Love and other conspiracies

India is not short of divisive and harmful conspiracy theories. Now one, called ‘love jihad’, has been given legal teeth. Laxmi Murthy reports.

Hadiya, in the red dress, appears at the Supreme Court in New Delhi to defend her marriage to her Muslim husband Shafin in one of India’s alleged ‘love jihad’ cases. VIPIN KUMAR/HINDUSTAN TIMES VIA GETTY
Hadiya, in the red dress, appears at the Supreme Court in New Delhi to defend her marriage to her Muslim husband Shafin in one of India’s alleged ‘love jihad’ cases. Vipin Kumar/Hindustan Times via Getty

A visceral fear of the invader is alive and well in India. The image of the savage conqueror has evolved from a barbaric Genghis Khan thundering down the Central Asian steppe, or a Muhammad of Ghor descending from the rugged Hindu Kush to establish Muslim rule in India in the 12th century. A distorted history, moulded to suit current political expediency, casts Genghis Khan, Turks, Afghans, Mongols and Mughals as mere plunderers, erasing the fact that many of them settled down in the subcontinent and enriched its culture, economy and politics in countless ways.

The reviled alien has now taken the shape of a suave smooth-talking Muslim dude with alluring ways and the promise of love. A spurious notion of ‘love jihad’ or the supposed entrapment of Hindu girls by Muslim youth, forcing them to convert after marriage and go on to produce Muslim children, has not only found currency in public discourse but, in the most populous northern state of Uttar Pradesh (UP) and the central state of Madhya Pradesh (MP), has also criminalized love in the form of draconian laws.

Promulgated on 28 November 2020, amid loud protests from civil society, the UP Prohibition of Unlawful Conversion of Religion Ordinance lays down stringent penalties for forced religious conversion. Completely unfounded fears of ‘love jihad’, ‘mass conversion’ and other bogeys have armed the police and bureaucracy with sweeping powers to curb a non-existent problem. Over-zealous police, spurred by rightwing Hindu organizations, filed five cases within ten days of the Ordinance coming into force. Inter-faith couples and their families were harassed and detained in the midst of wedding festivities or illegally arrested in cases where the marriage had occurred before the Ordinance. Absurdly, even Muslim couples were mistakenly nabbed. Reports of torture and illegal confinement of Muslim bridegrooms have already surfaced. The ironically named Madhya Pradesh Freedom of Religion Bill 2020, passed on 29 December, is a more draconian version of an earlier law, providing for stringent penalties.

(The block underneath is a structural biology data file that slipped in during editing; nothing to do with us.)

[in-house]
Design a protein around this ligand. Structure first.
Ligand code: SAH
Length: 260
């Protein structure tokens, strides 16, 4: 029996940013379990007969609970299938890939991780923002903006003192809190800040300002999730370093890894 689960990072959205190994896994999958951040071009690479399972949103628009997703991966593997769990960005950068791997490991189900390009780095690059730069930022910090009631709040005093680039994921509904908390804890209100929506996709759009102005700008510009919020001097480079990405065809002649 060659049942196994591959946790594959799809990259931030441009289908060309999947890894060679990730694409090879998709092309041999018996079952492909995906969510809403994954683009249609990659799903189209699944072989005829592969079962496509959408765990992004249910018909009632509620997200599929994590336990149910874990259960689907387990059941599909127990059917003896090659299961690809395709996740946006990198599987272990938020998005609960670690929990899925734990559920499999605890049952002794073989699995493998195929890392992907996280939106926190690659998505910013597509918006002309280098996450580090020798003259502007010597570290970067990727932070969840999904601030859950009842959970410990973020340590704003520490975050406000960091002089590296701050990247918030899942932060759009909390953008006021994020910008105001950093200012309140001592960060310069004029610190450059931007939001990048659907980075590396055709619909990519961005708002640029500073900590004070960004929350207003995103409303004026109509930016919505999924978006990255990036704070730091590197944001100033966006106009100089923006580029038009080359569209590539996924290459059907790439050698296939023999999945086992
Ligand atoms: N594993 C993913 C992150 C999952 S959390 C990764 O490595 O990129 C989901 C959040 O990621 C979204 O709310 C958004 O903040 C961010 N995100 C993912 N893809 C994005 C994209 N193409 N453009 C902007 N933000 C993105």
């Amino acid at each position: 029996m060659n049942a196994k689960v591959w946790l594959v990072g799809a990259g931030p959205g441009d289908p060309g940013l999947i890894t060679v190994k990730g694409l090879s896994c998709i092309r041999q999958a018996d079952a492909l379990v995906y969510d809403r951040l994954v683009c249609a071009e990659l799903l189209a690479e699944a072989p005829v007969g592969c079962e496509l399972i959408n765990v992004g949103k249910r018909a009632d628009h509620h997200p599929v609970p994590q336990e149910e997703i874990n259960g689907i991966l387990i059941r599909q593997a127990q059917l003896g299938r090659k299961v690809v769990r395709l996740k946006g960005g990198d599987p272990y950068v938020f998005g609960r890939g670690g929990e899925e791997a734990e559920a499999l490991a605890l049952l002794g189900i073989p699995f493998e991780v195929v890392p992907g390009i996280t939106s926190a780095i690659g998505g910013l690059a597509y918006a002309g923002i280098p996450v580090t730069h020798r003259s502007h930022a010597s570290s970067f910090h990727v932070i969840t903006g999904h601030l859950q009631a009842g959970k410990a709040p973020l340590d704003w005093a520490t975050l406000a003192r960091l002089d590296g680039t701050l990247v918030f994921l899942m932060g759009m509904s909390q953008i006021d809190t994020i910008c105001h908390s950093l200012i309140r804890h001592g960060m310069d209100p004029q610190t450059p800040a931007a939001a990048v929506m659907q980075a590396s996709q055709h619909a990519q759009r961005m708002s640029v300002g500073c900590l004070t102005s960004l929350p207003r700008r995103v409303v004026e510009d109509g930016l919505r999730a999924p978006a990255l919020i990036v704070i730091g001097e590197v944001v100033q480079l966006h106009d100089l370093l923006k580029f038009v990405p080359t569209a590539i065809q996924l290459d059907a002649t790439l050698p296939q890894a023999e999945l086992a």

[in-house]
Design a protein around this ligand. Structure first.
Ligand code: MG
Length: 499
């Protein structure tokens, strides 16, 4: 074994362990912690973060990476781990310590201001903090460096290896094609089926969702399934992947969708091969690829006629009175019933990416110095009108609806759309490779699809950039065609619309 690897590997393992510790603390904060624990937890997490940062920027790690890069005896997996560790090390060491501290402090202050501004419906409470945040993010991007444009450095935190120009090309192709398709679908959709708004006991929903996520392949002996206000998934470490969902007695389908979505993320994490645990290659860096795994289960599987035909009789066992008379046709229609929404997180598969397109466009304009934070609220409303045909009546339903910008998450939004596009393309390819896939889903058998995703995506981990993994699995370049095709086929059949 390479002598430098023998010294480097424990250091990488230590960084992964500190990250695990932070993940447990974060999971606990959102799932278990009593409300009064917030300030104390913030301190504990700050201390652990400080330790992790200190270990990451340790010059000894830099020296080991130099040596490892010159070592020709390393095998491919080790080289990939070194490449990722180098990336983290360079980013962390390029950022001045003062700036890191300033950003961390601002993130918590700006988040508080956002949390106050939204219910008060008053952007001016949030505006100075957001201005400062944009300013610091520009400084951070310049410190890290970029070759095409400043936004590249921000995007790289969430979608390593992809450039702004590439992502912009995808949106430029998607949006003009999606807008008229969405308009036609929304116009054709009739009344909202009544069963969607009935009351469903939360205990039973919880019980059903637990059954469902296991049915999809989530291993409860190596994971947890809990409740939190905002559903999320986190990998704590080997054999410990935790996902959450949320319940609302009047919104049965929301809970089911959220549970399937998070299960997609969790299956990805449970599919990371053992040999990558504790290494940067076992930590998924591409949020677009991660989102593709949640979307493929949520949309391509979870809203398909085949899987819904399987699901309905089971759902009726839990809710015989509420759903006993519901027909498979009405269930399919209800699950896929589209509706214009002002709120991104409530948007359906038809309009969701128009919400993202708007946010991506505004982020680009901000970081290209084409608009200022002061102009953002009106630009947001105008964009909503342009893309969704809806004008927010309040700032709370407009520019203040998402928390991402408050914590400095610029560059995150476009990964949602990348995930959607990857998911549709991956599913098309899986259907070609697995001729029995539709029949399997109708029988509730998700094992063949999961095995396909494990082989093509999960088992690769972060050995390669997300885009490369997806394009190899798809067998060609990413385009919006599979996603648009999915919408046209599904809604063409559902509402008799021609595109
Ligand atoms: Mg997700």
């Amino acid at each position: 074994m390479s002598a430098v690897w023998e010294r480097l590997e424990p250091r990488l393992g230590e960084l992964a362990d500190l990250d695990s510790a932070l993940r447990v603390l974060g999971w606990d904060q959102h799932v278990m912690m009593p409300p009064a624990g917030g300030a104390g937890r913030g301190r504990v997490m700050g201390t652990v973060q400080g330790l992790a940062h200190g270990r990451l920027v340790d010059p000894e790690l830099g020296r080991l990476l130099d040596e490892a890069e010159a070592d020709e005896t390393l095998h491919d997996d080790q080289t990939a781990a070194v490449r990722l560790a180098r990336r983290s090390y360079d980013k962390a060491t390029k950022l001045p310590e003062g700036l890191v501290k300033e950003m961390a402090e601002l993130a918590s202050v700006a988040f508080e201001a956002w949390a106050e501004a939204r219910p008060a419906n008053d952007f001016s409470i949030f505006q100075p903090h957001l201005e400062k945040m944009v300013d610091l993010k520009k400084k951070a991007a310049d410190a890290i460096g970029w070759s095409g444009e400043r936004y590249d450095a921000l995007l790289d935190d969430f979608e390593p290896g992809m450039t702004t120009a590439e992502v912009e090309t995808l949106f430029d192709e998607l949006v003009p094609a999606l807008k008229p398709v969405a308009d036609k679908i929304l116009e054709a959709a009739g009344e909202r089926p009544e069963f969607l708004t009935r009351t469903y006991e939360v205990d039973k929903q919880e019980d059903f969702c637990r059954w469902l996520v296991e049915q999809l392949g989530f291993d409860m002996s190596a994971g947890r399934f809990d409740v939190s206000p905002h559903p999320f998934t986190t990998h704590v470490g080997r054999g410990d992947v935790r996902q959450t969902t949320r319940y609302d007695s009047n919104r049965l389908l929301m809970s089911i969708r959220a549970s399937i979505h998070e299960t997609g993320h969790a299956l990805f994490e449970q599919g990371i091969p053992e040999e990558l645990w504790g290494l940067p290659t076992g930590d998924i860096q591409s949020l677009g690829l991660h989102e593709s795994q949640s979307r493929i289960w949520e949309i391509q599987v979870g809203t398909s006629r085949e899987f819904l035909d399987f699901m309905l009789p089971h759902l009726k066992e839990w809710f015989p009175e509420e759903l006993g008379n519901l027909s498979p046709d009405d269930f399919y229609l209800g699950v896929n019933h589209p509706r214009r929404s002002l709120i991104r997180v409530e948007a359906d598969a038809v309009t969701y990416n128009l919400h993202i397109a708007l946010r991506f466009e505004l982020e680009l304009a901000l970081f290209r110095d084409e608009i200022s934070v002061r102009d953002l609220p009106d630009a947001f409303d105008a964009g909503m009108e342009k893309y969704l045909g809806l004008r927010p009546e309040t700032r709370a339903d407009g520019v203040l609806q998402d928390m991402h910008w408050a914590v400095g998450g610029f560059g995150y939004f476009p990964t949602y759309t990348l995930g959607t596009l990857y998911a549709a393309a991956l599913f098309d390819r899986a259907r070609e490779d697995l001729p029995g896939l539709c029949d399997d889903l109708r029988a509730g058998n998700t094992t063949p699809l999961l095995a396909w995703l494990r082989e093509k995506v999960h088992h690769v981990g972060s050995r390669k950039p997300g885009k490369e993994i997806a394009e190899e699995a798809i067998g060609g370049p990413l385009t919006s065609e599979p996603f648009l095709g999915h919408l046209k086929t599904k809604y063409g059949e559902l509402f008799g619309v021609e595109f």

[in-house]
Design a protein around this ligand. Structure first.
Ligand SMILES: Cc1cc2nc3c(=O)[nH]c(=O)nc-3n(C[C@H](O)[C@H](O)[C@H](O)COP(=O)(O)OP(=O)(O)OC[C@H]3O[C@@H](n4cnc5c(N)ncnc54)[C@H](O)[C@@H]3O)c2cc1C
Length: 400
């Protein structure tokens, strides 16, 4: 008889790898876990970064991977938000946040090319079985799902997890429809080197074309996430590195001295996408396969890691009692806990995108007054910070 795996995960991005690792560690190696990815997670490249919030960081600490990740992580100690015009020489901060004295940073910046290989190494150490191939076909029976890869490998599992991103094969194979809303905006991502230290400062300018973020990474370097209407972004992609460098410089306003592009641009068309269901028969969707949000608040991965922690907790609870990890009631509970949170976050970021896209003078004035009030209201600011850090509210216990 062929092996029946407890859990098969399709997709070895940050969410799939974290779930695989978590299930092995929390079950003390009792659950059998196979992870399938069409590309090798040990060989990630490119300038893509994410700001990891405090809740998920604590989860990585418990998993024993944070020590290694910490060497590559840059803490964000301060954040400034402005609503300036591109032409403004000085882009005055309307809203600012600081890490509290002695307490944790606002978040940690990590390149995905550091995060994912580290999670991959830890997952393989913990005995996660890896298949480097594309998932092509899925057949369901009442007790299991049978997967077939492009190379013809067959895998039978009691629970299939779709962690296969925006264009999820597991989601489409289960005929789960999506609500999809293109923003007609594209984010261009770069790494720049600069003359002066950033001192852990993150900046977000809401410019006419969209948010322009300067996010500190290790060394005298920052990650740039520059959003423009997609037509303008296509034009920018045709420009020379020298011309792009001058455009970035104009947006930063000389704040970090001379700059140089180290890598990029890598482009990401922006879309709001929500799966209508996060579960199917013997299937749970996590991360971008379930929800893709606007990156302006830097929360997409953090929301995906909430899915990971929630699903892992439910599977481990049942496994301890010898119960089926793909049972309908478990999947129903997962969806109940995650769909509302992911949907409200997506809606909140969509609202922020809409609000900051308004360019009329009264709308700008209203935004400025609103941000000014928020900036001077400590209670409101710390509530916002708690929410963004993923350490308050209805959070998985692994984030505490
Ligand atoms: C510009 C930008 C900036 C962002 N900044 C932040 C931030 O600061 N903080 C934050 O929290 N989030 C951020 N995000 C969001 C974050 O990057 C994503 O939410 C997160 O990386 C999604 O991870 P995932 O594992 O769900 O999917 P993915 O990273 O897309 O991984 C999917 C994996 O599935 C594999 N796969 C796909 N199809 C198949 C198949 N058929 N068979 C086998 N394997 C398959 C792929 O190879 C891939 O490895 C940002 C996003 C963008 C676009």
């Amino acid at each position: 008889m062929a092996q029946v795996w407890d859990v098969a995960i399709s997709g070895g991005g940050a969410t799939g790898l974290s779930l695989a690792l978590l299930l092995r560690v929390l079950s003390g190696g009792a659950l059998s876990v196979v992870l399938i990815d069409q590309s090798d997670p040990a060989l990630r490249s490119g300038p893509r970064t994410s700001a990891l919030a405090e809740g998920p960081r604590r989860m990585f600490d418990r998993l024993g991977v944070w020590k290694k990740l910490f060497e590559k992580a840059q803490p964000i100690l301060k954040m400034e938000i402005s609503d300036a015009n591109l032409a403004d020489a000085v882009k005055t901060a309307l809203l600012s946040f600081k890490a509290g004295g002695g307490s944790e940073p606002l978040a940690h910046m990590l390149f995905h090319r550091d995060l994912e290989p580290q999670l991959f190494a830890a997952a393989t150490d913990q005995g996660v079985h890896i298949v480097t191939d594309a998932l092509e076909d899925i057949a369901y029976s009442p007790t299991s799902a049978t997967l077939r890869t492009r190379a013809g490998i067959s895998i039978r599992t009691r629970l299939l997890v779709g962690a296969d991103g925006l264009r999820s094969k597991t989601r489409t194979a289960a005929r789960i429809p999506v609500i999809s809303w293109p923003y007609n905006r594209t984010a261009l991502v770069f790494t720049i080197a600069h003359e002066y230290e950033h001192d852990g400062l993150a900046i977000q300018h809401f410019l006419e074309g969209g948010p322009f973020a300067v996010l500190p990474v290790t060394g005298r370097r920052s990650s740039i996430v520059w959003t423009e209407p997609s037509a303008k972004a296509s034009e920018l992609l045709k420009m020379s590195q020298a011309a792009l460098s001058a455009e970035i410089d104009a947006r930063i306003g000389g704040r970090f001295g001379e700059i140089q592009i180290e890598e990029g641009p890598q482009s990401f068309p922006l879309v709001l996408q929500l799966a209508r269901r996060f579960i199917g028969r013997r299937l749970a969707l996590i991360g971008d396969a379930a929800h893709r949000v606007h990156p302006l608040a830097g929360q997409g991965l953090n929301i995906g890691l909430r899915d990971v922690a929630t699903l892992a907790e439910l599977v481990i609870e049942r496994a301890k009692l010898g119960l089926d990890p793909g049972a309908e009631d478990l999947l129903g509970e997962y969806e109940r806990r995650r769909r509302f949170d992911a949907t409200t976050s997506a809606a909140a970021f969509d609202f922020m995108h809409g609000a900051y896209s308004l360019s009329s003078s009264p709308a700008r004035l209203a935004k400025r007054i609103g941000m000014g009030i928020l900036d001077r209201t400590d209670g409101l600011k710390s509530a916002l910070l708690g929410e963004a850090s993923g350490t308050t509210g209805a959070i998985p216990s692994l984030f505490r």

Judicial overreach

The earliest mentions of ‘love jihad’ surfaced around 2007 in the southern Indian states of Kerala and Karnataka, where militant Hindu groups took upon themselves the task of preserving the purity of Hindu girls. It gained legitimacy a decade later during the much-publicized case of Hadiya (nee Akhila Ashokan), a 24-year-old Hindu student from Kerala who converted to Islam, donned the hijab and married a Muslim man. Hadiya’s contention that she had converted and married out of her own volition had few takers. That her parents would file a habeas corpus petition after she left home, and then claim that she had been forced to convert to Islam and hoodwinked into marriage, is in character with many protective Indian parents who believe it is their duty to control even adult daughters.

But for the Kerala High Court to annul the marriage and ‘hand’ Hadiya back to her parents was clearly judicial overreach and infantilization of an adult woman.

In March 2018, the Supreme Court upheld her freedom of choice and stated that there should be no interference in a consensual marriage between adults. Hadiya had told the court: ‘I want freedom. I don’t want to go back home. I want to go with my husband.’

However, the Court allowed a court-ordered investigation by the National Investigation Agency (NIA), a counter-terror task force, to continue to try to uncover possible criminality involved in inter-faith marriages. The NIA found no evidence of ‘love jihad’ or forced conversion in the list of marriages in the police database, filed mostly by parents. Two years later, in February 2020, the Home Ministry admitted in Parliament: ‘The term “love jihad” is not defined under the extant laws. No such case of “love jihad” has been reported by any of the central agencies.’ But on 5 December 2020, Pinki, a newly wed Hindu 22-year-old, and her Muslim husband Rashid, went to register their marriage. Rashid was ‘handed over’ to the police by a rightwing group and arrested in Moradabad under the new Ordinance against Unlawful Conversion. Pinki protested: ‘Falling in love is not a crime, is it?’